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Winter hoof care

It’s paramount that we take care of our horse’s hooves all year round – as many say, ‘no foot, no horse’.

  • Last reviewed: 3rd February 2023
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Whether your horse is kept in a field or stable, it’s important to pick their feet out at least once a day. This helps to prevent a build-up of bacteria in the hoof causing problems such as thrush. It also helps to remove any debris such as stones which could cause bruising to the sole.

Horses’ hooves grow all year round, but this growth slows down during the winter. It could be easy to assume that the farrier may not need to visit as often, but it’s crucial to keep up with your usual routine to prevent cracks and chips.  This also means the hoof and pastern angles remain balanced.

The hoof wall can often soften during winter due to absorbing too much moisture. If possible, provide an area of hard standing out of the mud and wet or bring horses in for periods of time to allow the hooves to dry out.

The chance of an abscess occurring can increase during winter as the hoof is continually expanding and contracting with weather conditions, potentially trapping in bacteria1. Signs of an abscess could include a sudden onset of severe lameness, or if an abscess has been forming over some time it may burst, often at the coronet band (where the top of the hoof wall meets the skin). If you’re concerned that your horse may have an abscess speak with your farrier or vet for advice.

A winter hoof issue you may face with your horse is ‘snowballing’. This is where snow becomes packed into the horse’s hoof, leaving them walking on a solid frozen mass. Slushier and dry snow won’t compact well and is more likely to fall away from the foot, however, be extra cautious in more dense and wet snow, as snowballing is more likely to occur.

The formation of a snowball can be uncomfortable for your horse, as the pressure can cause bruising of the sensitive sole. There’s also a danger of the horse slipping and falling as they are forced to walk on an elevated and uneven surface. This could potentially cause strain to the tendons and ligaments.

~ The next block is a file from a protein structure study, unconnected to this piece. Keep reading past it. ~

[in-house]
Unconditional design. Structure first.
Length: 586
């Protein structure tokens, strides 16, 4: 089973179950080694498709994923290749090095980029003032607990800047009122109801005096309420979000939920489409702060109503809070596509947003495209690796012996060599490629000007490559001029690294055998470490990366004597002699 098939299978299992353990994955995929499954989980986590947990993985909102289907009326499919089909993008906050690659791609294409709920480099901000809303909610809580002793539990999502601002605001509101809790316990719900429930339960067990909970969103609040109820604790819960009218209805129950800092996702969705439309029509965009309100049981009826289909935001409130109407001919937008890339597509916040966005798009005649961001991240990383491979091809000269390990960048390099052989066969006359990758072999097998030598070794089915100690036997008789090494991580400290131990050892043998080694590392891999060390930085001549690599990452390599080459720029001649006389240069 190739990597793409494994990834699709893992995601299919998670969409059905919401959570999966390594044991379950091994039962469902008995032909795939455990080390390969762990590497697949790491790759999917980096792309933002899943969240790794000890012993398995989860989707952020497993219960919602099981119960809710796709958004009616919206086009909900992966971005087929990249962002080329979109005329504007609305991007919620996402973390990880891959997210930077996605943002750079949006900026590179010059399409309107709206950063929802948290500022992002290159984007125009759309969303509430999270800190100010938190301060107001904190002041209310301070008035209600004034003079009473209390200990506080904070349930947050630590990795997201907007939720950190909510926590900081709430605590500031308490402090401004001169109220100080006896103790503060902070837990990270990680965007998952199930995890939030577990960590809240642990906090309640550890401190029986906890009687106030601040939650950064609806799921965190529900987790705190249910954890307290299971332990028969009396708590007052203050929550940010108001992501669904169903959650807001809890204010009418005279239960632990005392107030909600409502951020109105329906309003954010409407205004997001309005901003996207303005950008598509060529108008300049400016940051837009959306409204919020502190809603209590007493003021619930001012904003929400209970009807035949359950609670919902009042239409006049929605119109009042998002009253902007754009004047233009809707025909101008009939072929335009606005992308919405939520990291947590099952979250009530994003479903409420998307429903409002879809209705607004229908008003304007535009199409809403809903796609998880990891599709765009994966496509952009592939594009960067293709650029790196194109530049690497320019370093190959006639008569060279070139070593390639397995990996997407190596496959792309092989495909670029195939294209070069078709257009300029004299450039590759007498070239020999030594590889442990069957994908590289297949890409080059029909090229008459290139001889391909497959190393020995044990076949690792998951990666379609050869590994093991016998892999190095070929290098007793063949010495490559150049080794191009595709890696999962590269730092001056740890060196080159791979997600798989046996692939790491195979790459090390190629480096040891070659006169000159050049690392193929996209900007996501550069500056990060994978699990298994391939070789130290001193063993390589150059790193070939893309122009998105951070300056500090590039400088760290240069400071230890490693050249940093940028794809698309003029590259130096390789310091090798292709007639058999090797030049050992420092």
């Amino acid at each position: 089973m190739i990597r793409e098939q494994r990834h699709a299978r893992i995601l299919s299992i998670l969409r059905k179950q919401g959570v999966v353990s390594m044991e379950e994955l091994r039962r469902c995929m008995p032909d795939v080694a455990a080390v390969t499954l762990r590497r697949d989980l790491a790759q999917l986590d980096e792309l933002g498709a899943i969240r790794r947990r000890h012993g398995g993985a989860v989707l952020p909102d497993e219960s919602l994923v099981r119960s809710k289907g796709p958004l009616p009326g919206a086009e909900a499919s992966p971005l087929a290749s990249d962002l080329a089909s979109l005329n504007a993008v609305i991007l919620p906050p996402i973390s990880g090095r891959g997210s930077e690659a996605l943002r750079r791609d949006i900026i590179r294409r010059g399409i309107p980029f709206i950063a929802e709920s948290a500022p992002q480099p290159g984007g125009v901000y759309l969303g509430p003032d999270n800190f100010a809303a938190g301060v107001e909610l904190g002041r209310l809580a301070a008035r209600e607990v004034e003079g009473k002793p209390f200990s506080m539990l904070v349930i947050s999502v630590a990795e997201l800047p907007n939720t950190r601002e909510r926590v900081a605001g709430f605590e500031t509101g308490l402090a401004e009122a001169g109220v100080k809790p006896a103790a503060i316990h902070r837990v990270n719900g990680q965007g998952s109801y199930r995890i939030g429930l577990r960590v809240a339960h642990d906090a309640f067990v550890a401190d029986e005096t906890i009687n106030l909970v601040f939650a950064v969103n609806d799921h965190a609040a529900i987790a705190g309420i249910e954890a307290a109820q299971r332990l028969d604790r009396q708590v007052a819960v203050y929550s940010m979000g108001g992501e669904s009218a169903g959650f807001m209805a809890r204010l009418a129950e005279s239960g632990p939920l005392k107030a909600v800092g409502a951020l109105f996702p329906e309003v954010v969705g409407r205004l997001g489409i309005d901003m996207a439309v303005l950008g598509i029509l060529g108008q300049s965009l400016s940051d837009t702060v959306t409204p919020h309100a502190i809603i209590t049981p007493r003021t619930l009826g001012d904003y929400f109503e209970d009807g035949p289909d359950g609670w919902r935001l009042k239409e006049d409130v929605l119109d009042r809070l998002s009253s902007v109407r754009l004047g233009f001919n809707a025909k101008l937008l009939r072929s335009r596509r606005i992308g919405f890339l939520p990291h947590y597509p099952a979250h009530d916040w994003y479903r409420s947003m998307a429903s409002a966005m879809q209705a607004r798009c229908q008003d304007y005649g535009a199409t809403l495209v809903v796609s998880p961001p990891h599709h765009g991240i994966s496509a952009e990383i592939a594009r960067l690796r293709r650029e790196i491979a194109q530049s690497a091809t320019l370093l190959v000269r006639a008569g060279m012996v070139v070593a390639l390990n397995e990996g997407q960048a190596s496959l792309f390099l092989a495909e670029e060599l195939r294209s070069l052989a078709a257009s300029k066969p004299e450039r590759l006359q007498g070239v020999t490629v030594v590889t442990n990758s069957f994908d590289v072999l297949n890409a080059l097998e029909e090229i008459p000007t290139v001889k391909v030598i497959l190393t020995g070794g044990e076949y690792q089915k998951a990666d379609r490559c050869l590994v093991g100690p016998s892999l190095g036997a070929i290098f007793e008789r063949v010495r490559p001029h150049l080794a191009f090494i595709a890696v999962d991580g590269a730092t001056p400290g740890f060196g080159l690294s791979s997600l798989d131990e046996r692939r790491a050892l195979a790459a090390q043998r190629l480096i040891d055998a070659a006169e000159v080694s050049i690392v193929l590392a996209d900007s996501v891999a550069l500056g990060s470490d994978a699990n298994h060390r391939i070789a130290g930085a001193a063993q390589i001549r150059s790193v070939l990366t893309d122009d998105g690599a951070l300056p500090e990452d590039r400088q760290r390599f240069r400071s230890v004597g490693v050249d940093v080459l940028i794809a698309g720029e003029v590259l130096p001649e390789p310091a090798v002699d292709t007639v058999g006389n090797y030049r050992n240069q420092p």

Removing these frozen masses can be difficult, however by taking the following precautions you can help prevent them forming:

Removing shoes: Wet snow meeting the cold metal of your horse’s shoes can cause the snow to freeze and therefore compact as ice. If you’re reducing your ridden work over winter, you may want to talk to your farrier about whether having your horse’s shoes removed would be appropriate. Monitor how your horse is coping and if you have any concerns, contact your farrier.

Protective barrier: Applying petroleum jelly or hoof oil around the inside of the shoe and the sole of the foot helps to create a barrier and may prevent the snow freezing in your horse’s hoof. This will likely only have an effect for a short period as the petroleum jelly or oil will eventually wear off.

Hoof boots: These can be an option to keep the snow out and your horse’s feet dry. Make sure the boots fit your horse correctly. Boots should be removed daily and monitored to make sure they are not causing any rubbing or soreness. If your horse is shod, choose a boot that can be worn over shoes.




  1. Kentucky Equine Research. (2018) Winter Hoof Care.


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The Horse Care and Welfare Team are here to help and can offer you further advice with any questions you may have. Contact us on 02476 840517* or email – You can also get in touch with us via our social media channels. 

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